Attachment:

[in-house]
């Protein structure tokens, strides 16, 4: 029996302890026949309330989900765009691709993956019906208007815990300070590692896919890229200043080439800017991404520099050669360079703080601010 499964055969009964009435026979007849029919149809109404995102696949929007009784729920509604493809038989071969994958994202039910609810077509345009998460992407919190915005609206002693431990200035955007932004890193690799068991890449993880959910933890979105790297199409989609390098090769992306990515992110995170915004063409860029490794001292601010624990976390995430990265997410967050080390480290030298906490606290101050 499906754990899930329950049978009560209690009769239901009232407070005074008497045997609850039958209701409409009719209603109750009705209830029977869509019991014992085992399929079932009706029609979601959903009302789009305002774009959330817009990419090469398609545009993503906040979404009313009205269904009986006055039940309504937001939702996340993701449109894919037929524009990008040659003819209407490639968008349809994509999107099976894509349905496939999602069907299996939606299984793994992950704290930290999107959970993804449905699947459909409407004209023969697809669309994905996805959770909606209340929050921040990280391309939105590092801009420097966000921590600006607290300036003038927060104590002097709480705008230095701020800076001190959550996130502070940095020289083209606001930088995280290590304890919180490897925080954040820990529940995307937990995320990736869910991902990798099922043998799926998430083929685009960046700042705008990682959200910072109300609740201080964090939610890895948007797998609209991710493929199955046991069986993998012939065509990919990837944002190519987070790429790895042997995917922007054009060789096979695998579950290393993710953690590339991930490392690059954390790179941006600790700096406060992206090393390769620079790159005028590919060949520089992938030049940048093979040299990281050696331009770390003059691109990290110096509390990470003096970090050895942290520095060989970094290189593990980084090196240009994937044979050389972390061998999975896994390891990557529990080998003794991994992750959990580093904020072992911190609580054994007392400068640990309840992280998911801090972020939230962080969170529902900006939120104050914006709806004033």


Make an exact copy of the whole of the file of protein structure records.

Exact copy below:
[in-house]
């Protein structure tokens, strides 16, 4: 029996302890026949309330989900765009691709993956019906208007815990300070590692896919890229200043080439800017991404520099050669360079703080601010 499964055969009964009435026979007849029919149809109404995102696949929007009784729920509604493809038989071969994958994202039910609810077509345009998460992407919190915005609206002693431990200035955007932004890193690799068991890449993880959910933890979105790297199409989609390098090769992306990515992110995170915004063409860029490794001292601010624990976390995430990265997410967050080390480290030298906490606290101050 499906754990899930329950049978009560209690009769239901009232407070005074008497045997609850039958209701409409009719209603109750009705209830029977869509019991014992085992399929079932009706029609979601959903009302789009305002774009959330817009990419090469398609545009993503906040979404009313009205269904009986006055039940309504937001939702996340993701449109894919037929524009990008040659003819209407490639968008349809994509999107099976894509349905496939999602069907299996939606299984793994992950704290930290999107959970993804449905699947459909409407004209023969697809669309994905996805959770909606209340929050921040990280391309939105590092801009420097966000921590600006607290300036003038927060104590002097709480705008230095701020800076001190959550996130502070940095020289083209606001930088995280290590304890919180490897925080954040820990529940995307937990995320990736869910991902990798099922043998799926998430083929685009960046700042705008990682959200910072109300609740201080964090939610890895948007797998609209991710493929199955046991069986993998012939065509990919990837944002190519987070790429790895042997995917922007054009060789096979695998579950290393993710953690590339991930490392690059954390790179941006600790700096406060992206090393390769620079790159005028590919060949520089992938030049940048093979040299990281050696331009770390003059691109990290110096509390990470003096970090050895942290520095060989970094290189593990980084090196240009994937044979050389972390061998999975896994390891990557529990080998003794991994992750959990580093904020072992911190609580054994007392400068640990309840992280998911801090972020939230962080969170529902900006939120104050914006709806004033």